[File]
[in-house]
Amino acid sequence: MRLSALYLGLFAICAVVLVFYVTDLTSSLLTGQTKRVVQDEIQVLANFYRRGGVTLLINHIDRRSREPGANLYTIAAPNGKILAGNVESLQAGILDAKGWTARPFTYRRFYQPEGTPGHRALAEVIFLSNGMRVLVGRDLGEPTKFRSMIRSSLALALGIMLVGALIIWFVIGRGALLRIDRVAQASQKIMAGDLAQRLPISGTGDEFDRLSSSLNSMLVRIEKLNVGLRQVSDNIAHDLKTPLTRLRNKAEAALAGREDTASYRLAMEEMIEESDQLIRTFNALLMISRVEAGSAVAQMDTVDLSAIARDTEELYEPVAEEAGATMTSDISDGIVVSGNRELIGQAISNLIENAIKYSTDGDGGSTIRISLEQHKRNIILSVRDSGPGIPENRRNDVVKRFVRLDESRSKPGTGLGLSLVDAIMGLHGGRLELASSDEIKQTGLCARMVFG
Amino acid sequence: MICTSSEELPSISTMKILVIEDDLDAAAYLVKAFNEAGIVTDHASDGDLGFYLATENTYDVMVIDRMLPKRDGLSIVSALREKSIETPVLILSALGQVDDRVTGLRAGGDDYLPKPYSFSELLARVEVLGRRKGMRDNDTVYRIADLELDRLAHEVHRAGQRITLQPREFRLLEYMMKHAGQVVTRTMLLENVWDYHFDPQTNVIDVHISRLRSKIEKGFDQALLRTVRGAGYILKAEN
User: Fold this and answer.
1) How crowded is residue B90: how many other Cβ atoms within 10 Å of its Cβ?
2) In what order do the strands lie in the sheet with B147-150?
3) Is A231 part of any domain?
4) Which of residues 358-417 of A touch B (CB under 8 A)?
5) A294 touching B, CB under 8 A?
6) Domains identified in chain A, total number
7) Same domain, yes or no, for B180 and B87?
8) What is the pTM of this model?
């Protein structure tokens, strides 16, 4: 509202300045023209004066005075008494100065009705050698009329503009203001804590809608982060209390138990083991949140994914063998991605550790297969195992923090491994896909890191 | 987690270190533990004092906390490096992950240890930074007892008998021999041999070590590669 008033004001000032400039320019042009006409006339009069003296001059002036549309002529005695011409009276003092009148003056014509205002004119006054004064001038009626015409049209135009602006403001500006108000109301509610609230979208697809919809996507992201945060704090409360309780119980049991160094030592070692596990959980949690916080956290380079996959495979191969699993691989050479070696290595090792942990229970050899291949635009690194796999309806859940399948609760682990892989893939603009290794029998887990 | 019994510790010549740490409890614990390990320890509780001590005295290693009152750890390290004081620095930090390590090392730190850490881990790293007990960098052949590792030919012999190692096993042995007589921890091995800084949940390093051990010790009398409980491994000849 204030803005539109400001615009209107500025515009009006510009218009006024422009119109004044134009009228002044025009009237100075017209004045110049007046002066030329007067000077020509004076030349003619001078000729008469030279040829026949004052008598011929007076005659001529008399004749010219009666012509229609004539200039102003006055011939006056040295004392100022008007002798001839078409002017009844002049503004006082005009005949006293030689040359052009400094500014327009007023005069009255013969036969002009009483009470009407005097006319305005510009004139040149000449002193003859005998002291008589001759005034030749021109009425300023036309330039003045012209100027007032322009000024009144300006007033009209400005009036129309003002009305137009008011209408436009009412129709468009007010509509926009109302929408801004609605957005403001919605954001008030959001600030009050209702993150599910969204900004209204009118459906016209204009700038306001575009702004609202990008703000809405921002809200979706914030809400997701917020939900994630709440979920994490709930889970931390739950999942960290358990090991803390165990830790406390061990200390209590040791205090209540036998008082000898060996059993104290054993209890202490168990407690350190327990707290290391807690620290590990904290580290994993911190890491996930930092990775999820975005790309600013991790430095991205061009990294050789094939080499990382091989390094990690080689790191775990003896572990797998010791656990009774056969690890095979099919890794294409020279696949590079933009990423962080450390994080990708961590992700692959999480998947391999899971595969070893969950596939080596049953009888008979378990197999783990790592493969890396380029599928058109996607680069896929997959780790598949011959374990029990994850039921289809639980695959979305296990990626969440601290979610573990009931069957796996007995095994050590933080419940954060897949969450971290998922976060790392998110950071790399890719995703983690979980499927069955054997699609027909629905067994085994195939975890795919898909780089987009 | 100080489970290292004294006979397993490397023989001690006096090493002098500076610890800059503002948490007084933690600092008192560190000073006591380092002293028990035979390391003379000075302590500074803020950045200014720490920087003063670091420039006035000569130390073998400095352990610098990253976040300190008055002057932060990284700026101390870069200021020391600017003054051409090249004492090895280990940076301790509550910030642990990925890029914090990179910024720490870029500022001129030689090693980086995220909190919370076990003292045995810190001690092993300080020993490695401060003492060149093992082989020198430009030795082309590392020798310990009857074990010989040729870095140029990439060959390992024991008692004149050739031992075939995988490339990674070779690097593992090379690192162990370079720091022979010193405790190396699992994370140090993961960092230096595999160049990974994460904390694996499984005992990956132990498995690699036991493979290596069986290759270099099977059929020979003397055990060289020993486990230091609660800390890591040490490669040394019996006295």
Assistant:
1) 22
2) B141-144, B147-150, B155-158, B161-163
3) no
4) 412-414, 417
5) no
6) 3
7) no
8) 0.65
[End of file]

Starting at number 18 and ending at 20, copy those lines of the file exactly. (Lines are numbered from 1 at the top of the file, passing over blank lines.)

4) 412-414, 417
5) no
6) 3